Surveys the findings of social research studies on aging and human development. Among the topics of the 25 chapters are the gendered life course, caregiving by adult children, work and retirement, political behavior, and the financing of health care. The fifth edition adds 12 contributions covering topics such as international demographics, geographical distribution, chronic care, and role transition.
Annotation © Book News, Inc., Portland, OR
Reviewer: Marquis D. Foreman, PhD, RN, FAAN (University of Illinois at Chicago College of Nursing)
Description: This book is one of a series of three on aging, all in their fifth editions, that reflect the maturity and expansion of research and publication on aging. The companion publications are Handbook of the Biology of Aging and Handbook of the Psychology of Aging. The previous edition was published in 1995.
Purpose: The book provides extensive reviews and critical evaluations of research on the social aspects of aging.
Audience: It is useful for research personnel, graduate students, and professional personnel for "access not only to the rapidly growing volume of literature, but also to the perspectives provided by the integration and interpretations of the findings by experienced and well-informed scholars," (p. xvi). The contributors to this edition are among the world's most distinguished scholars of aging and social sciences.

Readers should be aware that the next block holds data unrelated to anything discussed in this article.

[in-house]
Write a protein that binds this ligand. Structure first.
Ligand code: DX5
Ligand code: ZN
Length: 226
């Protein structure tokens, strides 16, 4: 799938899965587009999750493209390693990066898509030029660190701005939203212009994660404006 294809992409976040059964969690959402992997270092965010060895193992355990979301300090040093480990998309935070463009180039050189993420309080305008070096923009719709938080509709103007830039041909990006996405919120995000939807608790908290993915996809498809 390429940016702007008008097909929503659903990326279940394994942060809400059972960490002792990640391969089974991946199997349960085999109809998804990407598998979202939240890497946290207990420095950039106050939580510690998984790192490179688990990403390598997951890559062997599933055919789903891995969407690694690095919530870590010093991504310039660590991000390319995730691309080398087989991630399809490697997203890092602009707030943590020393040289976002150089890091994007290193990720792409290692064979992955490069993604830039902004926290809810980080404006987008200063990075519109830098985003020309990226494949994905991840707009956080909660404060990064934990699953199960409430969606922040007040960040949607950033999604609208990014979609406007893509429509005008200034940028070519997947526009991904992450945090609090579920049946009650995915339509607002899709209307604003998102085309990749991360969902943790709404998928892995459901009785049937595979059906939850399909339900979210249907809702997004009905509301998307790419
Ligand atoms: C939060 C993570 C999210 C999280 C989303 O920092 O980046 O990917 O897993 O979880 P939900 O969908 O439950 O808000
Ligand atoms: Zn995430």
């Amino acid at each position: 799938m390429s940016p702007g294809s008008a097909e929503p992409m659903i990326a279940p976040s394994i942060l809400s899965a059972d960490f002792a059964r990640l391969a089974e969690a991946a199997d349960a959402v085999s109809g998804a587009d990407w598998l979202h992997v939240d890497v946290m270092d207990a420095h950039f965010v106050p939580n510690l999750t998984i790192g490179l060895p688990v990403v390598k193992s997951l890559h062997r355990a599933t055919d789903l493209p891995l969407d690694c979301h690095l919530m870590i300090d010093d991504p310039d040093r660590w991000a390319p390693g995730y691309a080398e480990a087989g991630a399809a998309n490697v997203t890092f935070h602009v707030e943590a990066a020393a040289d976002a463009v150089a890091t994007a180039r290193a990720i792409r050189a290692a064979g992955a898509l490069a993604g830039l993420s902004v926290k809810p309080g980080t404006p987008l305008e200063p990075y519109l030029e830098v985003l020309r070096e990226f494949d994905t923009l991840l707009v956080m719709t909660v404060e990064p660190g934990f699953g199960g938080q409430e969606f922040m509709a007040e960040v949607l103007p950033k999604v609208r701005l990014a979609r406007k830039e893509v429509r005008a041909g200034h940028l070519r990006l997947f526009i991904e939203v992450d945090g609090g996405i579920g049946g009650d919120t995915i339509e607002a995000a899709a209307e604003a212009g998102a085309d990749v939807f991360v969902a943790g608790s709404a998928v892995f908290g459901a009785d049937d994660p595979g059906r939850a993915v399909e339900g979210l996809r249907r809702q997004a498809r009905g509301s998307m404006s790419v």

Features: This edition consists of 25 chapters organized into four parts covering theory and methods, aging and social structure, social factors and social institutions, and aging and social intervention. Although the four organizing parts remain identical to the previous edition, the content of the chapters is substantially different. Consequently, this edition is a companion to, rather than a replacement of, the fourth edition.
Assessment: This is an important addition to the extant knowledge of aging. Not only does this edition provide a historical perspective to the topics, but the contributors shape future knowledge by challenging readers on several levels. One challenge is for social scientists to consider how the generation of knowledge is shaped by their own political, cultural, and biographical heritage. Another is to challenge scholars to reflect on the image of aging presented in research, and ask whether it is one to which they could subscribe for themselves. A final challenge is to broaden the study of aging from a focus on individuals in their micro-worlds to the wider social context. This edition is an amazing contribution to the field.